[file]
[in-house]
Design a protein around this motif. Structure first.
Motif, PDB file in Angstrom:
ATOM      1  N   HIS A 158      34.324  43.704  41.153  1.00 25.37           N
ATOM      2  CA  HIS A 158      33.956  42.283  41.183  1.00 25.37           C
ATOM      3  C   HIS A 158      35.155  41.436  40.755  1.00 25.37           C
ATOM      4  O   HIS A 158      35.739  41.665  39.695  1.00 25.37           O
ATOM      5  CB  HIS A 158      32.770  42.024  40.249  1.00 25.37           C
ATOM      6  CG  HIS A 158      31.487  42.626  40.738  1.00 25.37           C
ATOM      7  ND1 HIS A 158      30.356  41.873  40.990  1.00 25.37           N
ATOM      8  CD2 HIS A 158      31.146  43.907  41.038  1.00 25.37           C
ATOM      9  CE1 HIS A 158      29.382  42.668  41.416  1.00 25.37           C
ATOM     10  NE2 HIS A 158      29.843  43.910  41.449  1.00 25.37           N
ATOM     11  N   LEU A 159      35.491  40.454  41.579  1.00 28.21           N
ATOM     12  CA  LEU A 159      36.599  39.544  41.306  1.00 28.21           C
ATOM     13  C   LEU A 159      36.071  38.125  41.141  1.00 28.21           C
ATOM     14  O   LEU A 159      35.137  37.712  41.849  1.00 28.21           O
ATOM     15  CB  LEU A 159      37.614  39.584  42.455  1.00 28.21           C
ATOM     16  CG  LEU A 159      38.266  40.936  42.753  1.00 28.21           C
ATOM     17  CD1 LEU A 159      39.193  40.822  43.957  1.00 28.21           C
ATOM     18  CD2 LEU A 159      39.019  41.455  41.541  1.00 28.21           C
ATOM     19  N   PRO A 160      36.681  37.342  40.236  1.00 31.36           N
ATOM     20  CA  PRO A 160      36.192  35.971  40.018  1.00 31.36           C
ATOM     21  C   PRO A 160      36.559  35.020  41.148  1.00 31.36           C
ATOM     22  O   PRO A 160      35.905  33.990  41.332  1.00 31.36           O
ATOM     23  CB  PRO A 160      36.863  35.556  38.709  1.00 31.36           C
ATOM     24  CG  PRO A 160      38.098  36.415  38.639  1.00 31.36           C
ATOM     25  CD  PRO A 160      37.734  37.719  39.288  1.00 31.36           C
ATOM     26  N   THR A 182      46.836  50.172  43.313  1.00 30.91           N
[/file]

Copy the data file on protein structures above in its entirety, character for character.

[in-house]
Design a protein around this motif. Structure first.
Motif, PDB file in Angstrom:
ATOM      1  N   HIS A 158      34.324  43.704  41.153  1.00 25.37           N
ATOM      2  CA  HIS A 158      33.956  42.283  41.183  1.00 25.37           C
ATOM      3  C   HIS A 158      35.155  41.436  40.755  1.00 25.37           C
ATOM      4  O   HIS A 158      35.739  41.665  39.695  1.00 25.37           O
ATOM      5  CB  HIS A 158      32.770  42.024  40.249  1.00 25.37           C
ATOM      6  CG  HIS A 158      31.487  42.626  40.738  1.00 25.37           C
ATOM      7  ND1 HIS A 158      30.356  41.873  40.990  1.00 25.37           N
ATOM      8  CD2 HIS A 158      31.146  43.907  41.038  1.00 25.37           C
ATOM      9  CE1 HIS A 158      29.382  42.668  41.416  1.00 25.37           C
ATOM     10  NE2 HIS A 158      29.843  43.910  41.449  1.00 25.37           N
ATOM     11  N   LEU A 159      35.491  40.454  41.579  1.00 28.21           N
ATOM     12  CA  LEU A 159      36.599  39.544  41.306  1.00 28.21           C
ATOM     13  C   LEU A 159      36.071  38.125  41.141  1.00 28.21           C
ATOM     14  O   LEU A 159      35.137  37.712  41.849  1.00 28.21           O
ATOM     15  CB  LEU A 159      37.614  39.584  42.455  1.00 28.21           C
ATOM     16  CG  LEU A 159      38.266  40.936  42.753  1.00 28.21           C
ATOM     17  CD1 LEU A 159      39.193  40.822  43.957  1.00 28.21           C
ATOM     18  CD2 LEU A 159      39.019  41.455  41.541  1.00 28.21           C
ATOM     19  N   PRO A 160      36.681  37.342  40.236  1.00 31.36           N
ATOM     20  CA  PRO A 160      36.192  35.971  40.018  1.00 31.36           C
ATOM     21  C   PRO A 160      36.559  35.020  41.148  1.00 31.36           C
ATOM     22  O   PRO A 160      35.905  33.990  41.332  1.00 31.36           O
ATOM     23  CB  PRO A 160      36.863  35.556  38.709  1.00 31.36           C
ATOM     24  CG  PRO A 160      38.098  36.415  38.639  1.00 31.36           C
ATOM     25  CD  PRO A 160      37.734  37.719  39.288  1.00 31.36           C
ATOM     26  N   THR A 182      46.836  50.172  43.313  1.00 30.91           N